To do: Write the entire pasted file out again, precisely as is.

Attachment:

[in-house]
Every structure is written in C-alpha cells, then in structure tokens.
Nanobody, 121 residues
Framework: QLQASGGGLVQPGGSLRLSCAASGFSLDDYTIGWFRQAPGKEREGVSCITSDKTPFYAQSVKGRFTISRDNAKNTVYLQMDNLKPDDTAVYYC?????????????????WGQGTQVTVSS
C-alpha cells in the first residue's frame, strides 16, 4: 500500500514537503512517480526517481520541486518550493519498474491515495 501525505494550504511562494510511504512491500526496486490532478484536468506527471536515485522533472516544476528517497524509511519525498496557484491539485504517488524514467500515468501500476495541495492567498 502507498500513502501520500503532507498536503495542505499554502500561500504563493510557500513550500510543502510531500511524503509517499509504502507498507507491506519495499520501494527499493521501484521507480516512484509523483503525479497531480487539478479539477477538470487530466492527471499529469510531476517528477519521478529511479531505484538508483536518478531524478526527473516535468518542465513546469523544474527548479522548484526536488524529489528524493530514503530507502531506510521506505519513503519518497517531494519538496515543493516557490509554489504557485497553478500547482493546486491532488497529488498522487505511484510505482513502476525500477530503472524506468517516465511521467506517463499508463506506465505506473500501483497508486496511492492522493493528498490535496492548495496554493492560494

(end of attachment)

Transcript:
[in-house]
Every structure is written in C-alpha cells, then in structure tokens.
Nanobody, 121 residues
Framework: QLQASGGGLVQPGGSLRLSCAASGFSLDDYTIGWFRQAPGKEREGVSCITSDKTPFYAQSVKGRFTISRDNAKNTVYLQMDNLKPDDTAVYYC?????????????????WGQGTQVTVSS
C-alpha cells in the first residue's frame, strides 16, 4: 500500500514537503512517480526517481520541486518550493519498474491515495 501525505494550504511562494510511504512491500526496486490532478484536468506527471536515485522533472516544476528517497524509511519525498496557484491539485504517488524514467500515468501500476495541495492567498 502507498500513502501520500503532507498536503495542505499554502500561500504563493510557500513550500510543502510531500511524503509517499509504502507498507507491506519495499520501494527499493521501484521507480516512484509523483503525479497531480487539478479539477477538470487530466492527471499529469510531476517528477519521478529511479531505484538508483536518478531524478526527473516535468518542465513546469523544474527548479522548484526536488524529489528524493530514503530507502531506510521506505519513503519518497517531494519538496515543493516557490509554489504557485497553478500547482493546486491532488497529488498522487505511484510505482513502476525500477530503472524506468517516465511521467506517463499508463506506465505506473500501483497508486496511492492522493493528498490535496492548495496554493492560494